With Zhang Zikang as the curator, “Dove Dance: An Exhibition of Works by Artist Hurxida Kerim” was presented from 10 October through to 20 October, 2021 at Soka Art in Beijing. This exhibition showcased 30 paintings by Hurxida Kerim from the last twenty years covering three periods. Hurxida Kerim’s unique life experiences have given her nurture and influence from different cultures. As a result, her works present a unique artistic perspective and diverse ideological connotations while embracing the richness of ethnic culture and realistic expression.
Her representative works can be roughly divided into three periods since 2001: “Yengisar”, “Etles Silk” and “Silence” which she created before and after she studied at Ecole Nationale Superieure des Beaux-Arts; “Dove” she created while she was a PhD. candidate at China Central Academy of Fine Arts and she has conducted research on the ethic life and mural paintings at Kizil Grottes in Xinjiang; her recent works have become more diversified as portraits, landscapes and still life have all become her subjects such as “Floating Cloud”, “Tianshan Snow” and “Red Rock”.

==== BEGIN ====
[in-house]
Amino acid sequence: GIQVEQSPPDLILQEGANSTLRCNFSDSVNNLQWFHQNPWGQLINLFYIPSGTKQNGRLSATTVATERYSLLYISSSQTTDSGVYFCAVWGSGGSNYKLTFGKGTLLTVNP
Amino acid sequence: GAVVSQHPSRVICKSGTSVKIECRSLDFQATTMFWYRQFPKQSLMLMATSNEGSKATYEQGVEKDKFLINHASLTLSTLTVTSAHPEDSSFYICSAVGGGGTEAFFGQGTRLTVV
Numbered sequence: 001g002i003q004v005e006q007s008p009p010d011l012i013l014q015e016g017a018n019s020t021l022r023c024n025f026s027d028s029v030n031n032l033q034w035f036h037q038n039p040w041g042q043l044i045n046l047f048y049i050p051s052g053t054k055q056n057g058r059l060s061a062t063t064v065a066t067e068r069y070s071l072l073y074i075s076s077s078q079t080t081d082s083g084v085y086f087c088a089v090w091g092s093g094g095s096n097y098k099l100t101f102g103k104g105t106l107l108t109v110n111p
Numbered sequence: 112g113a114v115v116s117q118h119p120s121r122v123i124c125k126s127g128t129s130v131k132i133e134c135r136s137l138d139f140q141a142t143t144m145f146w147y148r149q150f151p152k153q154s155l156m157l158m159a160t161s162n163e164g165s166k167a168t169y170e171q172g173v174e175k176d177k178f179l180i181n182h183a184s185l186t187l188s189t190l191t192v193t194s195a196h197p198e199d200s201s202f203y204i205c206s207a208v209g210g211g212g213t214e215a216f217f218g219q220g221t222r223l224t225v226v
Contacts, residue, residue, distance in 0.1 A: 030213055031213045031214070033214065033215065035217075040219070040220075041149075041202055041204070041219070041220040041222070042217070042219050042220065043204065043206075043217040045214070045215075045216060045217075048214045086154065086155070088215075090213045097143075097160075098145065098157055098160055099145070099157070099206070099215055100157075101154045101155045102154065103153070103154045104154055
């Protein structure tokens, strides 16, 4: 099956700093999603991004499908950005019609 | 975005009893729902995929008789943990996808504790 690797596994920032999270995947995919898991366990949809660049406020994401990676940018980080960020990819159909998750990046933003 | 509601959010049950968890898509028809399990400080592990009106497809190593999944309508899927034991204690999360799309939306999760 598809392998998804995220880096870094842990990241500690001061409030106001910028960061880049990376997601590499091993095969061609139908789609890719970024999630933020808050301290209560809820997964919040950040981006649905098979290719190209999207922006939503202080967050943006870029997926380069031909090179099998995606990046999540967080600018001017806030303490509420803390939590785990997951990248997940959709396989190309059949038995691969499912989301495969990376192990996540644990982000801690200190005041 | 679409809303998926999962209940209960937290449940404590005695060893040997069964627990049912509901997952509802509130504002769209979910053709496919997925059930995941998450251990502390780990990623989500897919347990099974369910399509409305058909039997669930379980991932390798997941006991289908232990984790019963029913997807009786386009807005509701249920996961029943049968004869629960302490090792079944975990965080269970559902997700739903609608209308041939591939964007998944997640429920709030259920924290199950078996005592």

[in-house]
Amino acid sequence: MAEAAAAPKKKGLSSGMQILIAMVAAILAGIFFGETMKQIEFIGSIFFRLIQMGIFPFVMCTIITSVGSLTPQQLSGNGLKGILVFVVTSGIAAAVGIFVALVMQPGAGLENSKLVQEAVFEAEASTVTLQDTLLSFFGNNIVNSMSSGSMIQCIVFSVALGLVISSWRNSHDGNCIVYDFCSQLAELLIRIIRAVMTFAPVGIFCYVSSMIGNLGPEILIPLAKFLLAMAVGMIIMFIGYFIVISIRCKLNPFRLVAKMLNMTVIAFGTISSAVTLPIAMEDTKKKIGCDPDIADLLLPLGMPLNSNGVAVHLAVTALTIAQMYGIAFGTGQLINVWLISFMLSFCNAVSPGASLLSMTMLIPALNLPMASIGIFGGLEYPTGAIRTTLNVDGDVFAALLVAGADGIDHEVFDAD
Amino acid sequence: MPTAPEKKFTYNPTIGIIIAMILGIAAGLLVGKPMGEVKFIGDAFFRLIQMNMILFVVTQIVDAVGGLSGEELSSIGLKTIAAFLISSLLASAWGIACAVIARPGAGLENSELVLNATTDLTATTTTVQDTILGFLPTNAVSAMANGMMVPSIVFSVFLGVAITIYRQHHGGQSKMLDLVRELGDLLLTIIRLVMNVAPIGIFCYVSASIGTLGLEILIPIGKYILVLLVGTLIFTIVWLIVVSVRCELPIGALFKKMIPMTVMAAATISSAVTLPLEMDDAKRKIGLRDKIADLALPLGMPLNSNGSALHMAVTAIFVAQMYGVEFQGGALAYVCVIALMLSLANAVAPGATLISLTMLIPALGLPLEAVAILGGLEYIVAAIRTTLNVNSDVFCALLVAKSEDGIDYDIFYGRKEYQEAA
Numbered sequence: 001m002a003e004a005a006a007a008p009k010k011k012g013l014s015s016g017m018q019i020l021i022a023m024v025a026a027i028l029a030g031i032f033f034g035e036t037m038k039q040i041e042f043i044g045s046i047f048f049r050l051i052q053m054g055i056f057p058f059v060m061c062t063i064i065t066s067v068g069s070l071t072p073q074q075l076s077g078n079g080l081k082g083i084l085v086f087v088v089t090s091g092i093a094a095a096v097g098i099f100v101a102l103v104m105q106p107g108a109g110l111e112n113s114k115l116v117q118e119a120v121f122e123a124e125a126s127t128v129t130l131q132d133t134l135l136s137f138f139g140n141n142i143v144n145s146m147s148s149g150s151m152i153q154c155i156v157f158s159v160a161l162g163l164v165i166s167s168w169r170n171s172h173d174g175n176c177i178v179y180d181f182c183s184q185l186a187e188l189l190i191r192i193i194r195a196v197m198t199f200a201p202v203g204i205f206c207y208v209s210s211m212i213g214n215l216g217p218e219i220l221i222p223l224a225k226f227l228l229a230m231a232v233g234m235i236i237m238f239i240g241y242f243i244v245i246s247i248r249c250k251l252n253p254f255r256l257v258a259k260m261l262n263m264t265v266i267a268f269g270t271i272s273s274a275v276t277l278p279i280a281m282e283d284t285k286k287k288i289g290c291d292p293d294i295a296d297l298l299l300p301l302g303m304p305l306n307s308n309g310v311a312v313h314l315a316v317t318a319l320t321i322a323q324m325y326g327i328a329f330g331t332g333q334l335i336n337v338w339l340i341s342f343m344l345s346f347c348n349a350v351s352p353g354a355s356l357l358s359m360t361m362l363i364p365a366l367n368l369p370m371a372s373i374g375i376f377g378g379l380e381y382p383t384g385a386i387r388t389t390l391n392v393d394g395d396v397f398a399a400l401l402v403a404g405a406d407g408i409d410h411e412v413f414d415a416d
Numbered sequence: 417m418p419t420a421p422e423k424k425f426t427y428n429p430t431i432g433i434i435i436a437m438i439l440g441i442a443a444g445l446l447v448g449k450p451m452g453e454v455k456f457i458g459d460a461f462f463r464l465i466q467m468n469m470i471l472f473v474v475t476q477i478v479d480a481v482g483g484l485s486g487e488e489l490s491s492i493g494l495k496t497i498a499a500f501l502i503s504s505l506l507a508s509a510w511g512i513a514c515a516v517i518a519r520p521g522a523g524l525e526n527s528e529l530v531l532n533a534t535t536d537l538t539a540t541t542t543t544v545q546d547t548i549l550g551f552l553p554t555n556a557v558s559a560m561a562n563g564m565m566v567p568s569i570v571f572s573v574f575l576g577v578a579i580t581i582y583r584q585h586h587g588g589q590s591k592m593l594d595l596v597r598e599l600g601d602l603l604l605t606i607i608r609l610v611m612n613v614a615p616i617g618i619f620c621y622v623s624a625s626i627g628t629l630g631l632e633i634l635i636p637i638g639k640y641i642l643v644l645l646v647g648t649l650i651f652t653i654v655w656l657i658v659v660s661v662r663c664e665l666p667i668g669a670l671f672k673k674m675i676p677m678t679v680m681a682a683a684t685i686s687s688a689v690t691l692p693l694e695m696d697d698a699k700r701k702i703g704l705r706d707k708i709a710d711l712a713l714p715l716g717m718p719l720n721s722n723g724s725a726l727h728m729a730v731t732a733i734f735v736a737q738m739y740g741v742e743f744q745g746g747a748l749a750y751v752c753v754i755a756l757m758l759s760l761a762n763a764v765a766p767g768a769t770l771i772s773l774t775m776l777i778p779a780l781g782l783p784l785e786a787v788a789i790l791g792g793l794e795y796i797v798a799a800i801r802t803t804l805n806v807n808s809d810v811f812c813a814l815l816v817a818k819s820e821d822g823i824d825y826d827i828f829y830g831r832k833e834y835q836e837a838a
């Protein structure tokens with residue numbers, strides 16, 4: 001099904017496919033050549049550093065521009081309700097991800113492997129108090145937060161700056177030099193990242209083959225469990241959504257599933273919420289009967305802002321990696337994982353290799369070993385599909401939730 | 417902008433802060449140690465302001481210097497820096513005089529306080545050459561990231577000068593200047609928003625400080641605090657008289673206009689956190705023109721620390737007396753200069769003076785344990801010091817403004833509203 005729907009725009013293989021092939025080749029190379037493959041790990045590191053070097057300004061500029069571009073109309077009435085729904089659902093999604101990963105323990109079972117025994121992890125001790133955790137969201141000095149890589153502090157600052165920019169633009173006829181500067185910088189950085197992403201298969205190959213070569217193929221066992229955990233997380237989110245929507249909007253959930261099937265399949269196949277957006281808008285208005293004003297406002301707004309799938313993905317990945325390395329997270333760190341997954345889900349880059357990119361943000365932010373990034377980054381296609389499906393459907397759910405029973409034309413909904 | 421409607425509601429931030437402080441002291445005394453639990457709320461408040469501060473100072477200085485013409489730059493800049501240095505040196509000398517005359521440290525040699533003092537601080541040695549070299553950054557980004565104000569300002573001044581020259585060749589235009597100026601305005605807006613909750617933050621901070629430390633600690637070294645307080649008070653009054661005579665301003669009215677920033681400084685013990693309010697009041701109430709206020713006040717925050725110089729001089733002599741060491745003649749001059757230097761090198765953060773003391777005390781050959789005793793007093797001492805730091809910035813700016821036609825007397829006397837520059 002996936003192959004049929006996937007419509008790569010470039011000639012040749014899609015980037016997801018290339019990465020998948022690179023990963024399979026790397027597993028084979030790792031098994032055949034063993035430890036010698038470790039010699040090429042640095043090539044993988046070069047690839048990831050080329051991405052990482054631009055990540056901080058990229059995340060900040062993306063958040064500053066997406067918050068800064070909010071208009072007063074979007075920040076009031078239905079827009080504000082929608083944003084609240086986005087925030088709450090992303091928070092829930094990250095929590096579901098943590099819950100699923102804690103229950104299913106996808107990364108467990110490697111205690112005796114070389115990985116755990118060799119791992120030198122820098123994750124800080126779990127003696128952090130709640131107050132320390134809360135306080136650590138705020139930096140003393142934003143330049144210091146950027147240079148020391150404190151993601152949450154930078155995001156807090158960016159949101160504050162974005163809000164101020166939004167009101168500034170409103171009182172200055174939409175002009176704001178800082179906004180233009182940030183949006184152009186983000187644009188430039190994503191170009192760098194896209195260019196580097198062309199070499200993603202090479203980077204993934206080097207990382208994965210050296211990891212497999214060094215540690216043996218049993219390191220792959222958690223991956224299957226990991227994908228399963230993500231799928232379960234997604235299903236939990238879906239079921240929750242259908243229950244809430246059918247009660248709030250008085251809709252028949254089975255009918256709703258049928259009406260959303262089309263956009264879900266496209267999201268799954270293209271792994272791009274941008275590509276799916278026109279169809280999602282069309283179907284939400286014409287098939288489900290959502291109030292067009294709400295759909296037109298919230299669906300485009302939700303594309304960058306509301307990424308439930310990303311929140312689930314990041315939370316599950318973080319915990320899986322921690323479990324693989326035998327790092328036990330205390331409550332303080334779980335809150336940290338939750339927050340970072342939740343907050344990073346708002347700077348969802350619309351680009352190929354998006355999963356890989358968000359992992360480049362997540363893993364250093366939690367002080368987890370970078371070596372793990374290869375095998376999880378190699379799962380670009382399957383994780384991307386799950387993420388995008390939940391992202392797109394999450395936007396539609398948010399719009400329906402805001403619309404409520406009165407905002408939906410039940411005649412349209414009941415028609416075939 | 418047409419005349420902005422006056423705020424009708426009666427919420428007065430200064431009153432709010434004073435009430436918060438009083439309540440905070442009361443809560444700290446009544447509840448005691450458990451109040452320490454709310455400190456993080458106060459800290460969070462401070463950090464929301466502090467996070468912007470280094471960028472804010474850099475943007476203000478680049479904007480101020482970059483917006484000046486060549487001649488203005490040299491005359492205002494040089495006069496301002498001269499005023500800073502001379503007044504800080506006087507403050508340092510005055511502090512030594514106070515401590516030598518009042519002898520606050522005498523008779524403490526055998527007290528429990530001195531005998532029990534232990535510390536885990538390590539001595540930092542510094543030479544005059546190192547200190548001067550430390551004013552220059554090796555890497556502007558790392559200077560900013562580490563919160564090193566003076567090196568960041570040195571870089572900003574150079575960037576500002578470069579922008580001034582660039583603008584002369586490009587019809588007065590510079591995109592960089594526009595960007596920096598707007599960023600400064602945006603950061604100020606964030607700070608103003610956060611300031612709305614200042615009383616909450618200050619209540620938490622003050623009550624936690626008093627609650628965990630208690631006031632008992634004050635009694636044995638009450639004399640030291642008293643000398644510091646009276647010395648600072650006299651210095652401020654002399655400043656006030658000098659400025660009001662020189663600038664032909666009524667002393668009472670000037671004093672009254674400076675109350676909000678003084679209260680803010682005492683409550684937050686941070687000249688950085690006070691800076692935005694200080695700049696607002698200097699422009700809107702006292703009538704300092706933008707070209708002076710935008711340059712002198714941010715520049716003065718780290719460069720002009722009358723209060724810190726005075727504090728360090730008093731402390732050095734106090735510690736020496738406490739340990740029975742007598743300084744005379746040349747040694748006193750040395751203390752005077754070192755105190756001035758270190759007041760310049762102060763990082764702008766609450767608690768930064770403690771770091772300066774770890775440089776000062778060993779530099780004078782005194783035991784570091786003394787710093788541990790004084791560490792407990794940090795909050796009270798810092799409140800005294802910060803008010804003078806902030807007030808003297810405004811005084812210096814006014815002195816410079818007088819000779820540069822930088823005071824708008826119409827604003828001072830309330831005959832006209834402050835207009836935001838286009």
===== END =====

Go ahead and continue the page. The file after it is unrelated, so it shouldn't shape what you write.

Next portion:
Artist Hurxida Kerim
Hurxida Kerim was born in Xinjiang and she was trained by her father, Abuduklim Nasding from an early age, he offered her an enlightenment for art, and his artistic ideas profoundly influenced her. She is a gifted artist with a quick mind, and has been educated and nurtured through her studies and work experience. In 2004, she went to Ecole Nationale Superieure des Beaux-Arts as a visiting scholar and she learned from Abraham Pincas. “My visit in Paris exerted a great influence on me,” said Hurxida, “Whether from the direction of painting, or the inspiration from life, this led to a new altitude.” She continued her PhD. study supervised by Prof. Zhu Naizheng at China Central Academy of Fine Arts in 2007 and then engaged in the research on the freehand nature of Chinese oil painting. She transforms the decorative flavours and expressions of ethnic characters into profound connotations of the artist’s images and refines them into a more contemporary style. This artistic expression opens a new visual experience of expression and exploration. Viewers can learn about the artist’s creative journey through these artworks and gain a multicultural and multi-dimensional emotional experience.